Violence begets violence. Each act of violence becomes a justification for the next act of violence. Communal violence then does not look worse than the Left violence and “democratic” violence. We know that communal violence is particularly bad because it creates a permanent divide in the society and makes the members of a community suspect in the eyes of another community. It creates violent competitive communitarian politics. All that is right but it gets justification from other kinds of violence.

Just after the Trinamul party assumed power after dislodging the Left, it started attacking and burning the party offices of the CPM. Some of us, who had opposed the violence of the Left earlier, got worried and prepared a statement criticising the violence on the CPM. While collecting signatures for it, I called a senior cultural figure of Bengal, a revered name who was on the forefront of the opposition to the violence of the CPM. She refused to condemn this reverse violence. It was slightly shocking but not entirely unpredictable.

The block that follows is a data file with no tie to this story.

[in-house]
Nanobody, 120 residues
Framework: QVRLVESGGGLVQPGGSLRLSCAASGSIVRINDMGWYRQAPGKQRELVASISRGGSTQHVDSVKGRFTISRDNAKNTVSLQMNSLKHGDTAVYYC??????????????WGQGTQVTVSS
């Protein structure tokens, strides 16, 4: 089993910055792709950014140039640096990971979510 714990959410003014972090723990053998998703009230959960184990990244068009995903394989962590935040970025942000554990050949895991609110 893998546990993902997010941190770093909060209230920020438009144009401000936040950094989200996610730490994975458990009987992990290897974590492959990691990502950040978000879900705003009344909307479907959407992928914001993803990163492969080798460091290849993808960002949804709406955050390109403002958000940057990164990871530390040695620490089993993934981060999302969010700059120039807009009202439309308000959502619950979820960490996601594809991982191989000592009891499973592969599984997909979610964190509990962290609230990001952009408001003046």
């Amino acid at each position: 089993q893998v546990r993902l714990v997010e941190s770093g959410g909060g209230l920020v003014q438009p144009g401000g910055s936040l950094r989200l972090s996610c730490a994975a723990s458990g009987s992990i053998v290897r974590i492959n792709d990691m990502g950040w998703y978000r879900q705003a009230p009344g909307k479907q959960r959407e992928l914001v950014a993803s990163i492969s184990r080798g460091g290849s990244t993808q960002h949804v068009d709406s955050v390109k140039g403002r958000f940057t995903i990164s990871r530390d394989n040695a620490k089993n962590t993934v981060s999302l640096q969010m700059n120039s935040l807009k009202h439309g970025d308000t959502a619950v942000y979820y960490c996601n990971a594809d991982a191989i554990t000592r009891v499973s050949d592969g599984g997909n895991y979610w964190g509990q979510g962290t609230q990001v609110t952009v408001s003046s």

To say and believe that you cannot do politics in Bengal without violence is an insult to the people of Bengal. But their goodness needs to be organised. Would Rahul Gandhi who keeps talking about the power of love, Sitaram Yechuri, who swears in the name of the people, and Mamata Banerjee, who wants a second renaissance in Bengal, rise to the occasion and lead the people, and the State towards peace? Or, would the rest of the civilised society, poets, writers, journalists, actors, cinema people, students and teachers, watch from the margins while their dear Bengal gets dismantled before their eyes?


The author is a well-known social scientist and a Professor, Department of Hindi, University of Delhi.